At least 113 different cannabinoids have been identified and isolated from the cannabis plant. Among them is THC, the mind-altering cannabinoid that has become synonymous with recreational cannabis use.
THC is a crucial part of the cannabis experience. It is the cannabinoid most responsible for producing the mind-altering ‘high’ that cannabis smokers crave so much. But there is much more to this fascinating cannabinoid than just a good time.
What Kind of Effects Does THC Produce?
THC has a wide-range of short-term effects which may be influenced by its interactions with other terpenes and flavonoids. This would explain why different strains produce different effects even though THC is the dominant psychoactive cannabinoid in almost every strain (high-CBD strains being the obvious exception).
Some common short-term effects of THC include elation, relaxation, sedation, pain-relief, energy, hunger, drowsiness, and slowed perception of time. Side effects typically include dry mouth and dry eyes, and can sometimes include anxiety, dizziness, and ‘couch-lock’.
How Does THC Produce Its Effects?
THC produces these effects through its interactions with the body’s inner endocannabinoid system (ECS). This system is composed of protein cell receptors distributed throughout the central and peripheral nervous systems, including the brain.
If you were surprised to find out that our bodies have a system in place for communicating with cannabinoids, then it may also surprise you to find out that our bodies produce their own version of cannabinoids.
Endocannabinoids like anandamide and 2-AG are naturally produced by our body for the purpose of interacting with the body’s ECS. These interactions work to maintain homeostasis (balance) in the body by regulating things such as mood, sleep, and appetite.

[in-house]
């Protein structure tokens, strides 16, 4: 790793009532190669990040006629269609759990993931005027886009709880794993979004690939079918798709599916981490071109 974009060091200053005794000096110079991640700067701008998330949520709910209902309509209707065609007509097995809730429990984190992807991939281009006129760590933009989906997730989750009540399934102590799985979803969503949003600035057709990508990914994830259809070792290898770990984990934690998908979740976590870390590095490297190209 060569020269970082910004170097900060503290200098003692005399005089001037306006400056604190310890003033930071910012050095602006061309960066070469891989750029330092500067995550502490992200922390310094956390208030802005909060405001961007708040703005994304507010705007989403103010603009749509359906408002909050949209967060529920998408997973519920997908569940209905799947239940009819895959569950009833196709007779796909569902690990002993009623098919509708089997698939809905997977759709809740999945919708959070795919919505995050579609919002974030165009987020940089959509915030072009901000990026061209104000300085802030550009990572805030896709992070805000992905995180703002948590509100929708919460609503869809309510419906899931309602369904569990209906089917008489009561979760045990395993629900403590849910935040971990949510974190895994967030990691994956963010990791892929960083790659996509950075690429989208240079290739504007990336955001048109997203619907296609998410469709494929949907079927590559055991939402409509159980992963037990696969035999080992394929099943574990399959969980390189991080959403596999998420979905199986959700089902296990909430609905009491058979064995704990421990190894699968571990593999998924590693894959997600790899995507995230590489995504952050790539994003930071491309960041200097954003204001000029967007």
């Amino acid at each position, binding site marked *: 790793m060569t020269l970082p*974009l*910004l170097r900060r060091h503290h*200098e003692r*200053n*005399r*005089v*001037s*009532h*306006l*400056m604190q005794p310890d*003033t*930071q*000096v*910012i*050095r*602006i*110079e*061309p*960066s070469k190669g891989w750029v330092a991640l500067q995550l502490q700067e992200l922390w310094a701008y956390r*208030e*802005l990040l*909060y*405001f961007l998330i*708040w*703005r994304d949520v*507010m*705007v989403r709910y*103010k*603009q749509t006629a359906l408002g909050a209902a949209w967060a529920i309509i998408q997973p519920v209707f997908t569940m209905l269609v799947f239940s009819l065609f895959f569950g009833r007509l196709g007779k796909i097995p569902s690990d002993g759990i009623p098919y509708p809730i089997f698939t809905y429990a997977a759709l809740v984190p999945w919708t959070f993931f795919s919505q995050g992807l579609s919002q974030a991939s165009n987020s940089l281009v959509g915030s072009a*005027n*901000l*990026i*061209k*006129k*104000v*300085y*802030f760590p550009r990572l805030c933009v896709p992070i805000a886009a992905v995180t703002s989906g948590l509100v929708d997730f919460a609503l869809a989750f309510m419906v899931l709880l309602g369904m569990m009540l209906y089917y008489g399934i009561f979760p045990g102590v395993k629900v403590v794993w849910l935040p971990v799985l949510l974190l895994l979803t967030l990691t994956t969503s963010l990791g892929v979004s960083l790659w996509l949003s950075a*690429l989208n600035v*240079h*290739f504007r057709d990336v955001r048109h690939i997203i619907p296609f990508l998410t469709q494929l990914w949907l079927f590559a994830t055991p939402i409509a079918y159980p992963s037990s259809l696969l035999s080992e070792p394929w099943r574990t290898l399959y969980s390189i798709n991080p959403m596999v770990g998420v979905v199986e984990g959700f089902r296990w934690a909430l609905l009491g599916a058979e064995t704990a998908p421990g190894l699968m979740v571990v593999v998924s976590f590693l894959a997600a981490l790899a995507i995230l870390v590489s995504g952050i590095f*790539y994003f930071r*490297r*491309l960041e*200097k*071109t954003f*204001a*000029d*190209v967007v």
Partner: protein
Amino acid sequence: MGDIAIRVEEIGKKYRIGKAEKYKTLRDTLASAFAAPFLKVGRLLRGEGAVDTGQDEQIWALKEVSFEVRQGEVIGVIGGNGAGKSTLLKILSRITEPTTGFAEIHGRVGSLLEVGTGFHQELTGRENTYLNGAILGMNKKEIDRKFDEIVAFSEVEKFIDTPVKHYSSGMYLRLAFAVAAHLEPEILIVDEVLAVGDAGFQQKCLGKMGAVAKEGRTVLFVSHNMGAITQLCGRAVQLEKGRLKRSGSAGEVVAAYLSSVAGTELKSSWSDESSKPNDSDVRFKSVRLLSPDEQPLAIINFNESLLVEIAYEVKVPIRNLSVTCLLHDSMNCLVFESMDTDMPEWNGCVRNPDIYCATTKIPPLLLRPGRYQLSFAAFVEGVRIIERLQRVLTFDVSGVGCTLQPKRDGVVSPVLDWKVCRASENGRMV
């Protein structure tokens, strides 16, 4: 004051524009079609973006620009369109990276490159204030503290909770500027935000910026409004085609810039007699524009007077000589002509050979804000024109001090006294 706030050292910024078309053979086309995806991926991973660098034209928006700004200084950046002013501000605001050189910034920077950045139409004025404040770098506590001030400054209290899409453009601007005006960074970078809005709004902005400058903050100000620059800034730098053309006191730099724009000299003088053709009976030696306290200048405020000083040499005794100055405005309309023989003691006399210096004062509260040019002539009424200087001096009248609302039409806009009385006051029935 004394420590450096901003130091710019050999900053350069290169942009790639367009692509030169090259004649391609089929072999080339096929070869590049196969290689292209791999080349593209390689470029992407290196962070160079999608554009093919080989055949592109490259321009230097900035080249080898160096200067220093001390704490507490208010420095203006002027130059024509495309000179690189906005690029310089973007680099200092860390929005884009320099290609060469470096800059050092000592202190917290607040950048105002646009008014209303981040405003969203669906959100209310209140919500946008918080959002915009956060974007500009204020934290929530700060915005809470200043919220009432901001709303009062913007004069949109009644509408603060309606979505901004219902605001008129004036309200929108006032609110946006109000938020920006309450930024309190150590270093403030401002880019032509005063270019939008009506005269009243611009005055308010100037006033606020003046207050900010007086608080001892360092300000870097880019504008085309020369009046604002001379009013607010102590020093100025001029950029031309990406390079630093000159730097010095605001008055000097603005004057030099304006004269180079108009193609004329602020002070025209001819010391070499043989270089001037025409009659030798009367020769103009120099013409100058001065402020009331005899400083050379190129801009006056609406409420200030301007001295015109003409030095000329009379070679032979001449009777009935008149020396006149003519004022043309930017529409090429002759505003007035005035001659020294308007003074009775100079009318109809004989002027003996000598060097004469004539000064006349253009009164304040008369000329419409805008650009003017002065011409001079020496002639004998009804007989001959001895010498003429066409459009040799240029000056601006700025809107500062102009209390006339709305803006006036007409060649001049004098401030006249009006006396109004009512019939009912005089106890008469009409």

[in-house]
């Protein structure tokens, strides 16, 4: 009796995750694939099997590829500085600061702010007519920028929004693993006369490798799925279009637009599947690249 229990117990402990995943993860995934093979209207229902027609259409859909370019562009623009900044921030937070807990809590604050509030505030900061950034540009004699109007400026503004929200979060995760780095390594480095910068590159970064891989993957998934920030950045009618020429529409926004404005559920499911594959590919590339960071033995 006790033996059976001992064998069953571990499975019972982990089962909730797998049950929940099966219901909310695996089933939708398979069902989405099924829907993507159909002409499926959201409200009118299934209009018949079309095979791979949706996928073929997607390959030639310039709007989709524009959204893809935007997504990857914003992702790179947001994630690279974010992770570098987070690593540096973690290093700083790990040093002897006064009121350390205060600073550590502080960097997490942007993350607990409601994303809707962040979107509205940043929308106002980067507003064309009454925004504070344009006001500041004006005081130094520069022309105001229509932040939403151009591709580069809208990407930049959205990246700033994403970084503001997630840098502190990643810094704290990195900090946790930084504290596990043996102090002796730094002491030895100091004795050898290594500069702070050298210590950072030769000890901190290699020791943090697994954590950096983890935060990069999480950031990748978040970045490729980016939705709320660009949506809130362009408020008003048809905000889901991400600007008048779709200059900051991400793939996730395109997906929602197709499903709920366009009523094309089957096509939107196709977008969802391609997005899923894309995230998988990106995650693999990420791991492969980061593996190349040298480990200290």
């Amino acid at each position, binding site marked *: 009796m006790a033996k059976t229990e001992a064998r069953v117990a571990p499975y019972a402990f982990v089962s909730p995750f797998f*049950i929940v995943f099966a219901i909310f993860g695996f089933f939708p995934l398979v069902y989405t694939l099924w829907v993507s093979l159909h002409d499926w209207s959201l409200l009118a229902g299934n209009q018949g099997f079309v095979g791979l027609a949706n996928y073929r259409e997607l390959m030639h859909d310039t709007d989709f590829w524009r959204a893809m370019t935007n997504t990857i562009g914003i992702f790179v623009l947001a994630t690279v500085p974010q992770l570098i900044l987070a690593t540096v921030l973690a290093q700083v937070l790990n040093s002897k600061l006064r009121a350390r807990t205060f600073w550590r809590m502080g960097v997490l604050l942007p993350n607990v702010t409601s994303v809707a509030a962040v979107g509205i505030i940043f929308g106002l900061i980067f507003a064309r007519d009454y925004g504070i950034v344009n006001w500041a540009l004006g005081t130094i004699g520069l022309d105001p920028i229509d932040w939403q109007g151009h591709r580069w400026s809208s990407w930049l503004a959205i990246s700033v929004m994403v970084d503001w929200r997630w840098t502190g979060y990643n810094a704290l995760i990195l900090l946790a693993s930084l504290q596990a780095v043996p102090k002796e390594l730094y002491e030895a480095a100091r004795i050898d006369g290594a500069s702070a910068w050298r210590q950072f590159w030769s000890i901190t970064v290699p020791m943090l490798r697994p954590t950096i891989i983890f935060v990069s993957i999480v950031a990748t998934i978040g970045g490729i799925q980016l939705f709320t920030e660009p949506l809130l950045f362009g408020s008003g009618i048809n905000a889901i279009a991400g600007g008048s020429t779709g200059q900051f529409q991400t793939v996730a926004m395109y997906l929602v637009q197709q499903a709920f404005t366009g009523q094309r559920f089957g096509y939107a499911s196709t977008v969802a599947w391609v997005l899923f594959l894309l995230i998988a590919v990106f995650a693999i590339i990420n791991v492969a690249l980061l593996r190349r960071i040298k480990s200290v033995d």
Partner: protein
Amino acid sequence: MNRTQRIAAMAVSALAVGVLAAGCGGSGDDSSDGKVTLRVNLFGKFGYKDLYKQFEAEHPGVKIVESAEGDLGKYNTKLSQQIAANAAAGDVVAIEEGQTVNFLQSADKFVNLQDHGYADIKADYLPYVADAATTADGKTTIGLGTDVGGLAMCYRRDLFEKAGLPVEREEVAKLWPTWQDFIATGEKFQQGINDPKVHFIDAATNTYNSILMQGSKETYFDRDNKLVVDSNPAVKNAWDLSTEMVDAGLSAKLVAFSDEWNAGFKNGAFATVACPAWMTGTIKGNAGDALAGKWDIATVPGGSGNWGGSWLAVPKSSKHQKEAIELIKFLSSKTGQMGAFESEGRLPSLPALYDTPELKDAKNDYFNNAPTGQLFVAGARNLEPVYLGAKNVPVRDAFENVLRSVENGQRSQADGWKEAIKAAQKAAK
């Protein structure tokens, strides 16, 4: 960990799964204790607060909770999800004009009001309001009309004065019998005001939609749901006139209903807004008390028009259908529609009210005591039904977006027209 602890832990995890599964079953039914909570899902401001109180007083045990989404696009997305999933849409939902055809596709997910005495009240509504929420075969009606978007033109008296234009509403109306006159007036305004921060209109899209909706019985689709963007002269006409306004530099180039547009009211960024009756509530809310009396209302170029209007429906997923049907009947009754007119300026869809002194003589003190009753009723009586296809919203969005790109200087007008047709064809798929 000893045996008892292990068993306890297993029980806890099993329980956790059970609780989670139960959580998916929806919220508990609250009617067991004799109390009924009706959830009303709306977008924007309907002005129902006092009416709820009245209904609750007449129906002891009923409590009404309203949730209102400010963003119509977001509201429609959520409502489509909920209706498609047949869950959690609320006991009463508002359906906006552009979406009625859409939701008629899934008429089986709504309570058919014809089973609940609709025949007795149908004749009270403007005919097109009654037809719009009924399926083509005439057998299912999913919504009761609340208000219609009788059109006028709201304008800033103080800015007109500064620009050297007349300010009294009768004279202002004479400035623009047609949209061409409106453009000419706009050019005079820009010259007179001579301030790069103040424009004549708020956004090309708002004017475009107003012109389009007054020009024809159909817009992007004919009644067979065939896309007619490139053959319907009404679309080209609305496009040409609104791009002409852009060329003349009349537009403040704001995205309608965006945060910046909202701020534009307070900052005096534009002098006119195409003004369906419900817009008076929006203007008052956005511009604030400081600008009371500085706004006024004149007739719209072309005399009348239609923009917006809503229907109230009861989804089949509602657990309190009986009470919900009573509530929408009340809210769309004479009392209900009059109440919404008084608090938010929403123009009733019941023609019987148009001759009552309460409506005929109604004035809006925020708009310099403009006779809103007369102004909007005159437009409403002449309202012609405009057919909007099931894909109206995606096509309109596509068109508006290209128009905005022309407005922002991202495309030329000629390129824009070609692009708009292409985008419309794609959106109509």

THC has been found to similarly interact with cell receptors in the ECS in order to produce its long list of psychoactive effects. In fact, research shows that THC activates CB1 and CB2 cell receptors in the same way that the endocannabinoid anandamide does.
THC Does Not Exist In Nature
You may be surprised to find out that THC does not actually exist in nature. But marijuana is a plant, right? So what gives?
Well, in its natural state, THC is actually THCA. THCA is non-psychoactive and is considered to be the acidic precursor to THC. It can be converted to THC by being exposed to a certain amount of heat (like in a vaporizer or a bowl). In nature, THCA is thought to act as a defense mechanism for cannabis plants, protecting them from potential threats such as pests or predators (hence the acid).
It is worth noting that THCA produces no psychoactive effects whatsoever. It is for this reason that eating raw cannabis will not get you high.
THC As Medicine
THC doesn’t just get you high. It has also been shown to have significant therapeutic properties that may be useful in the treatment of a number of medical conditions. THC’s pain-relieving, anti-nausea, anti-epileptic, and anti-inflammatory effects make it suitable for the treatment of numerous conditions. Some of the conditions that THC is commonly used to treat include physical pain, muscle spasticity, glaucoma, insomnia, nausea, eating disorders, and anxiety.
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